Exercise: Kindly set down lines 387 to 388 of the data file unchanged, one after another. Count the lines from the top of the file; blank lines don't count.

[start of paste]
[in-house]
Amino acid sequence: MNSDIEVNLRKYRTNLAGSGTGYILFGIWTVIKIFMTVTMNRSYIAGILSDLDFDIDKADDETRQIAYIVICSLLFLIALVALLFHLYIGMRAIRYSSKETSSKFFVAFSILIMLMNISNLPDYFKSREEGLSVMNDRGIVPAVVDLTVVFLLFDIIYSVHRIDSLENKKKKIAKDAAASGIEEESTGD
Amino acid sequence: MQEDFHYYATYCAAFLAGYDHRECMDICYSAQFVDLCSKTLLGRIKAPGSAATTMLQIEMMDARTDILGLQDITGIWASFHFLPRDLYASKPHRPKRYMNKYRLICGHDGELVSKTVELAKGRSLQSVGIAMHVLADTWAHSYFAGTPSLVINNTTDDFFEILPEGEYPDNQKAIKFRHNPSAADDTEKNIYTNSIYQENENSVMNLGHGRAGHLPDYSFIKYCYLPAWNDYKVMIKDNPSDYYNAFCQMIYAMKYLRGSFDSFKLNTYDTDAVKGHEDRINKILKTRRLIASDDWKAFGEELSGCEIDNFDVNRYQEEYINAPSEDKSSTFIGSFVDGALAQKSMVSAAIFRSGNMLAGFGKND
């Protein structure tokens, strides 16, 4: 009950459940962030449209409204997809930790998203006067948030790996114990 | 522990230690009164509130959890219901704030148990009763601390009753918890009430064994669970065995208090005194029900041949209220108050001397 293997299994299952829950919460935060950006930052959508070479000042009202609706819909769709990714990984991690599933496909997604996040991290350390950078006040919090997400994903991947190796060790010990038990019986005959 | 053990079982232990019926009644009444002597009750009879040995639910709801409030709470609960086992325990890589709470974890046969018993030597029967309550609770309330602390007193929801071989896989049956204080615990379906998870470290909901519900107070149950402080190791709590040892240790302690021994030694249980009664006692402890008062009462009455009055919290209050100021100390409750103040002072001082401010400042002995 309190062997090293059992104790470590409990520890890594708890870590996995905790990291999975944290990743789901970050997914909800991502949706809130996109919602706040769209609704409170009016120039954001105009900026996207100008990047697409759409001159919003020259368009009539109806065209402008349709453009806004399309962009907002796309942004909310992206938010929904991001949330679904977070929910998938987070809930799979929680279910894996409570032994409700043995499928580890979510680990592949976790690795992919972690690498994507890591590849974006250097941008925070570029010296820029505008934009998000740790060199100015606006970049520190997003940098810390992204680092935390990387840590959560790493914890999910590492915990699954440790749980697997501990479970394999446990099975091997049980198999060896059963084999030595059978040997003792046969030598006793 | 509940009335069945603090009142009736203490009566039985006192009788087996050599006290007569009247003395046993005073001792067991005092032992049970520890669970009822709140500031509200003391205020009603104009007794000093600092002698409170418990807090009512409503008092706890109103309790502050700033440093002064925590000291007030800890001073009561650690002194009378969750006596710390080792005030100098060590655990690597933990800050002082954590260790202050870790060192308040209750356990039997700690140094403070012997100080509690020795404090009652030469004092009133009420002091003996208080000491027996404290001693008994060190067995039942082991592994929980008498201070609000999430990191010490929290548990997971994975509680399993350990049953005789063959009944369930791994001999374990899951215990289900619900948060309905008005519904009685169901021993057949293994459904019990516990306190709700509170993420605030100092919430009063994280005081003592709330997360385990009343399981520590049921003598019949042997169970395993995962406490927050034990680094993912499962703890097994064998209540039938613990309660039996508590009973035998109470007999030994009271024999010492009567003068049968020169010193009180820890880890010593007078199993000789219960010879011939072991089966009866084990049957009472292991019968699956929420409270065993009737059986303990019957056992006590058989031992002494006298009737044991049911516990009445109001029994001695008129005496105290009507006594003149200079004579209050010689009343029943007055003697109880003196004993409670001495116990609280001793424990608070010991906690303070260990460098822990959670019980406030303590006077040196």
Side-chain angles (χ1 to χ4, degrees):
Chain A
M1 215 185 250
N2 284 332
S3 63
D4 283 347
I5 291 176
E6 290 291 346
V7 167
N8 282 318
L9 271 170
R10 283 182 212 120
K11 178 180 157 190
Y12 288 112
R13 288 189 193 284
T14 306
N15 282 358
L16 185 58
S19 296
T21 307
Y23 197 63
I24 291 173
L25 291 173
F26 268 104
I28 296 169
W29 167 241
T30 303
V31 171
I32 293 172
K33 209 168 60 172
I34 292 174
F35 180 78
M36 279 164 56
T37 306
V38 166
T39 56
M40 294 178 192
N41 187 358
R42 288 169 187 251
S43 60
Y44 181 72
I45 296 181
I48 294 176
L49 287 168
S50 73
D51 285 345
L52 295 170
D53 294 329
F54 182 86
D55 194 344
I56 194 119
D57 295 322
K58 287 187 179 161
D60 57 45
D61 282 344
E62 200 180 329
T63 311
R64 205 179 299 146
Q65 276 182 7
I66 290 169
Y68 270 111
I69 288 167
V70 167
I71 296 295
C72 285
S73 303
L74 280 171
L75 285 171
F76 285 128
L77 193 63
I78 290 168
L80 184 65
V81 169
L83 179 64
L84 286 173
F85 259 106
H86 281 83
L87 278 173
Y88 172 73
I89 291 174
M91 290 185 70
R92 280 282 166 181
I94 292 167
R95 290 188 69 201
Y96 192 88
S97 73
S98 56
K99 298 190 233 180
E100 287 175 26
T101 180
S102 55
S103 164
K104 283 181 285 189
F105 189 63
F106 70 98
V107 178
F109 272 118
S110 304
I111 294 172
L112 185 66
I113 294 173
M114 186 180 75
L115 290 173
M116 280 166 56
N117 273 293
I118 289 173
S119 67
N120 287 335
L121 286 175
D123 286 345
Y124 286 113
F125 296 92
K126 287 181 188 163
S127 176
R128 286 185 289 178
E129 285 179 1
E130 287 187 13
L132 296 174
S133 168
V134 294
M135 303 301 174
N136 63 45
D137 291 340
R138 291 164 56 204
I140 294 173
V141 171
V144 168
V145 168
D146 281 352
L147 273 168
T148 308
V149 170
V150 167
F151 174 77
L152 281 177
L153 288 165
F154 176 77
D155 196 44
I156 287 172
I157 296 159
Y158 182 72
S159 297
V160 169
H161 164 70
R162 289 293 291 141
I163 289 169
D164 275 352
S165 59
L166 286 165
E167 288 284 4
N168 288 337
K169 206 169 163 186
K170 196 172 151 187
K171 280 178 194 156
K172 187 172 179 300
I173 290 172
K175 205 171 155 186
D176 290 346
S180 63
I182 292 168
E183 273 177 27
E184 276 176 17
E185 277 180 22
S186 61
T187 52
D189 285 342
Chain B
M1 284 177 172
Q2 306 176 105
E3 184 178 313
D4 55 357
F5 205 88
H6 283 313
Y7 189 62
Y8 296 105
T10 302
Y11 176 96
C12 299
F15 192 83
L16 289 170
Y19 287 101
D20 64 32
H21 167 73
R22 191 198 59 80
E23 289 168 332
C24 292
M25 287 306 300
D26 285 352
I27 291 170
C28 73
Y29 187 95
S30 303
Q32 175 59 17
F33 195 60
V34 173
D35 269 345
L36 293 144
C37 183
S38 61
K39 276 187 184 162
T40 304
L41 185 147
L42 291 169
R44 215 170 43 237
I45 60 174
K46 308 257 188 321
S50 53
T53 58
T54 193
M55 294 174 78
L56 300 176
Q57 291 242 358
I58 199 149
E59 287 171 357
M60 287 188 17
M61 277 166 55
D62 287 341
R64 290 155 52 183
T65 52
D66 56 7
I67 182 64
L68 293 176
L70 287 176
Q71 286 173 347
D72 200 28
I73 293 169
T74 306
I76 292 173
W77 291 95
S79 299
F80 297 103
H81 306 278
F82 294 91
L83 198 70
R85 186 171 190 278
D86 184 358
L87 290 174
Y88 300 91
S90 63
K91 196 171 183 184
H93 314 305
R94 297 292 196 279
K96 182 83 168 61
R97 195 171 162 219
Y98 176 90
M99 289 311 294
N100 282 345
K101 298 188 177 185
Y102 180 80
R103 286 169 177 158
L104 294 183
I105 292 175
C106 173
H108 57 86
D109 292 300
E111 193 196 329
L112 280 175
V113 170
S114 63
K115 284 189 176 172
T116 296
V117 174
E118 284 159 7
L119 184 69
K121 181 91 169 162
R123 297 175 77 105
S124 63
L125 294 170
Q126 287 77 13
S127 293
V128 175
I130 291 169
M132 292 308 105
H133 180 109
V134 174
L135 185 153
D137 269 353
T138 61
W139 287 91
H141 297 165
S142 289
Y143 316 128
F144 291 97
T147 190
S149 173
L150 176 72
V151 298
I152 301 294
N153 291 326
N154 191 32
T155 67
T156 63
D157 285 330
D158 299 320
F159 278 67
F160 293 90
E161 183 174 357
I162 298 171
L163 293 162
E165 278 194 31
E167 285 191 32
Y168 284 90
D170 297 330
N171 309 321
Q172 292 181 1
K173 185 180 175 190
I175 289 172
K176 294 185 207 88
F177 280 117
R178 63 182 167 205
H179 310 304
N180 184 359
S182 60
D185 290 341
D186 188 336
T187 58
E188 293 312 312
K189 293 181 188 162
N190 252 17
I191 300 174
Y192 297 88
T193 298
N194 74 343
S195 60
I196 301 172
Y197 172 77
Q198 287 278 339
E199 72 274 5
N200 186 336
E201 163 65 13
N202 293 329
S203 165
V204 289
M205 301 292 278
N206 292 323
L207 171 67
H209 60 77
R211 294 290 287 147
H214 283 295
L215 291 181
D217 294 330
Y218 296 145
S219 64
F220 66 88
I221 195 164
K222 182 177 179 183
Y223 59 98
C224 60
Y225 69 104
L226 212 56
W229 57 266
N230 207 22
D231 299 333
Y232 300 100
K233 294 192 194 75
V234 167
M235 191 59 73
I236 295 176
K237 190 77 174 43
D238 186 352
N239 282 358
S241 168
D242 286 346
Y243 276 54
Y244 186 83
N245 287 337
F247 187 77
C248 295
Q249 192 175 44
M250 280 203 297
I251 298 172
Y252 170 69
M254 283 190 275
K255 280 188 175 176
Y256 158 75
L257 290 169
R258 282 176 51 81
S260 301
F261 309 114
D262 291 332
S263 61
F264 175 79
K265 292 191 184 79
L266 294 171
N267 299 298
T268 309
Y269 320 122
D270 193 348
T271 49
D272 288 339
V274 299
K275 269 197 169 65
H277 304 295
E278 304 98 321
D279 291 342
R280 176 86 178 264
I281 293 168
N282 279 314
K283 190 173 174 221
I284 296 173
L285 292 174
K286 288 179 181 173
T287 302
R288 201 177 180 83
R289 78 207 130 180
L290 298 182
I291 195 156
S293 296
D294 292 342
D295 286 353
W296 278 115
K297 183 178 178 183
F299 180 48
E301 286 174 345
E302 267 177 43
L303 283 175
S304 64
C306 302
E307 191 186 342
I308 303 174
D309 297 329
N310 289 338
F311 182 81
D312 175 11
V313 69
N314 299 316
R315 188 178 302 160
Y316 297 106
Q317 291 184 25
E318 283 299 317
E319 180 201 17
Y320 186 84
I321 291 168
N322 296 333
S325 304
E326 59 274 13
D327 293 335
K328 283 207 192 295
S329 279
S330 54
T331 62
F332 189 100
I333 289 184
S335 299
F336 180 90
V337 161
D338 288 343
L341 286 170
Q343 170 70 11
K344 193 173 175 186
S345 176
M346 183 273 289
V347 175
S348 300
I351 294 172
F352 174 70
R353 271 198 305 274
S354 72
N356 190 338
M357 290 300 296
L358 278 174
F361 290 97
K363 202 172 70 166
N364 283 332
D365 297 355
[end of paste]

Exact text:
K265 292 191 184 79
L266 294 171